Metascore
74

Generally favorable reviews - based on 17 Critics

Critic score distribution:
  1. Positive: 13 out of 17
  2. Negative: 0 out of 17
  1. 91
    His characters feel like individuals, not archetypes. [Sep 2004, p.114]
  2. A couple of songs (including the goofy "Condi, Condi") seem out of place, but the heart of "The Revolution" carries the stamp of an artist and a patriot. [22 Aug 2004]
  3. 80
    It's a fine album, mixing lean rock anthems... with the kind of ballads lesser artists would need years to write. [Oct 2004, p.116]
  4. 80
    He's more vehement than ever before, and the music feels rag-and-bone honest. [Sep 2004, p.136]
  5. All hail the new Johnny Cash. [Oct 2004, p.132]
  6. The rugged guitar tunes resemble a cow-punk update of the Clash, and Earle's song-to-song perspective shifts dazzle. [2 Sep 2004, p.142]
  7. For those inclined to agree with Earle's politics--at this point, does anyone else buy his albums?--The Revolution Starts Now will probably remain in constant rotation through the election.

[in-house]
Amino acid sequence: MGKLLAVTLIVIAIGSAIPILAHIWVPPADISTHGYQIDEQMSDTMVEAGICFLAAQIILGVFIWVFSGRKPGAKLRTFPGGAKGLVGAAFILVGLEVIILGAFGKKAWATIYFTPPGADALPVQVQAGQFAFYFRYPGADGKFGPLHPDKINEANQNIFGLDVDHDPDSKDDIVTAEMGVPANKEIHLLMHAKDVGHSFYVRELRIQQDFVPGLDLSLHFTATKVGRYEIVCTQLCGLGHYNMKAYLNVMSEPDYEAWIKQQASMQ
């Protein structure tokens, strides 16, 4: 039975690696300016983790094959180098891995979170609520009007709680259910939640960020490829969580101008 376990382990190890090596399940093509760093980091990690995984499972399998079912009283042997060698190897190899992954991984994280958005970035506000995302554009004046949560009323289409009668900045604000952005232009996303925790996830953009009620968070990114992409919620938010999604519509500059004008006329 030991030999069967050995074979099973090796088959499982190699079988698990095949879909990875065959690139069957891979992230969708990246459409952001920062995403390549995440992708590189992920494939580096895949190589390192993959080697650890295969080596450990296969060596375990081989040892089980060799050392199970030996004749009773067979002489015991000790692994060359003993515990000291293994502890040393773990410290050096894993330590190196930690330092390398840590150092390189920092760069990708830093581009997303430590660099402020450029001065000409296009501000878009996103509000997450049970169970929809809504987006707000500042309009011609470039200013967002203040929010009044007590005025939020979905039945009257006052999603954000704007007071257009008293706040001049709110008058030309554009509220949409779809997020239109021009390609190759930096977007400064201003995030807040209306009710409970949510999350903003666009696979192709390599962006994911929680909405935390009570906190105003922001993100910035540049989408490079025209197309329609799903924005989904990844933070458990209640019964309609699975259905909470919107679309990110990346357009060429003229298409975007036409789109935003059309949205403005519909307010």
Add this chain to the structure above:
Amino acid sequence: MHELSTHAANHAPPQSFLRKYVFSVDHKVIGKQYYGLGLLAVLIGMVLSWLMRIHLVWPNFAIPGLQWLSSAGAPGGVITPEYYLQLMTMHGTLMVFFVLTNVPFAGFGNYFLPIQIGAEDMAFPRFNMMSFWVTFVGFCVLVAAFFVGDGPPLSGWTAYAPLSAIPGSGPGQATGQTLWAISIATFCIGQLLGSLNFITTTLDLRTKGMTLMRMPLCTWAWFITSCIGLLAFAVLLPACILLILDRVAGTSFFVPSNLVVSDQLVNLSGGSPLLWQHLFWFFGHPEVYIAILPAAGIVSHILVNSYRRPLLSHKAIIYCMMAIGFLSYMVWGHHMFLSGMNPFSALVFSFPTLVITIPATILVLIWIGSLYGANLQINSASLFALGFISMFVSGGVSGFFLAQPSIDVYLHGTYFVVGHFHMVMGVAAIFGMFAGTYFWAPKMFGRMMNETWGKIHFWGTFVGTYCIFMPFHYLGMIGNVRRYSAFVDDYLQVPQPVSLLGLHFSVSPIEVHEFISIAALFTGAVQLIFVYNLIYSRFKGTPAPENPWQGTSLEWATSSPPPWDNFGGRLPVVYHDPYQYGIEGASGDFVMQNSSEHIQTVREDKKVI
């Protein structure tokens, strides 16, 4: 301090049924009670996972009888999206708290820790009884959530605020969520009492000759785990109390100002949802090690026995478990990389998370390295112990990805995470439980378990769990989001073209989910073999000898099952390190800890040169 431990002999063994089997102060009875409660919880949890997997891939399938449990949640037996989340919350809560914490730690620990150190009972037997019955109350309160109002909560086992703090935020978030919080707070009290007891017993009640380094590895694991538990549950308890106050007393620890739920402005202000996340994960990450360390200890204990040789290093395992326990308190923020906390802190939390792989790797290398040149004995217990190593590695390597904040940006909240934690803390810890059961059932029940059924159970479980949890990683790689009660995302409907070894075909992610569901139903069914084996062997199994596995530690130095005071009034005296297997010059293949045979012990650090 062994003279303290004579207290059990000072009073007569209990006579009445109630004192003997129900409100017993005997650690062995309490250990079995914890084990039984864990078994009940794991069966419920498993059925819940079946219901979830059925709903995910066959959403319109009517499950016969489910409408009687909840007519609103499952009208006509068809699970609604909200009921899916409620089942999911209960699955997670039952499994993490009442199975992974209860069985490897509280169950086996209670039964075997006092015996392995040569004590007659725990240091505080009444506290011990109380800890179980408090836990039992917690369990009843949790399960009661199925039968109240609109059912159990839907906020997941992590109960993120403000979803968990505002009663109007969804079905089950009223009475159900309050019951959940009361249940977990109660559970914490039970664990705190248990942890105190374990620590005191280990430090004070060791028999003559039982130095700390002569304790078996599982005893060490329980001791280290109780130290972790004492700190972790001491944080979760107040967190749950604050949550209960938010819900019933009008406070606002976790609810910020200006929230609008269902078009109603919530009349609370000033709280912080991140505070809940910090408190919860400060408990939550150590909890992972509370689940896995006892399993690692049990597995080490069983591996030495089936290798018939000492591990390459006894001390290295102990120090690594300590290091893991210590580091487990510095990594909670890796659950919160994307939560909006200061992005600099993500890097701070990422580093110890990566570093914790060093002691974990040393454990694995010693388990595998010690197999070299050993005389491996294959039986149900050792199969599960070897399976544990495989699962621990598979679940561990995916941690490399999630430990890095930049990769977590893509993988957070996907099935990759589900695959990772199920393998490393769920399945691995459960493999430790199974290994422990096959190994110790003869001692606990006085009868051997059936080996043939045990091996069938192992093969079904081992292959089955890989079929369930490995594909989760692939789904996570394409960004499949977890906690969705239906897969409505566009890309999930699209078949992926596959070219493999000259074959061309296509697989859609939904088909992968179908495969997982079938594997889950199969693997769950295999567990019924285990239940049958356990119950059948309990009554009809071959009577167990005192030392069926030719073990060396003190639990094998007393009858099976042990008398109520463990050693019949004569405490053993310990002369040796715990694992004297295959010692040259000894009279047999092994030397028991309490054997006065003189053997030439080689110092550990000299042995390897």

8. While the record finds Earle at his most outspoken, it also finds him treading water stylistically, comfortably wearing down the same groove he's occupied since 1997's El Corazon.
  9. Where Jerusalem was all reaction, humanely riddled with helplessness and incomprehension, The Revolution Starts...Now is the well-honed response, a focused act of civil disobedience.
  10. Earle's polemics are much stronger than the work of your typical "protest" songwriter, and this is a better focused and more passionate work than Jerusalem.
  11. Merges twang, orneriness and compassion. [6 Sep 2004]
  12. Good as some of these songs are... they're not quite enough to foment a revolution
  13. It's relentless, occasionally breathless but always absorbing. [4 Sep 2004, p.73]
  14. It makes sense that, of the improvised songs, the rockers turned out best.
  15. There are some real turkeys here.
  16. Sure, we're living in politically charged times, but Earle's Revolution warrants fewer rants and more transcendental blues.

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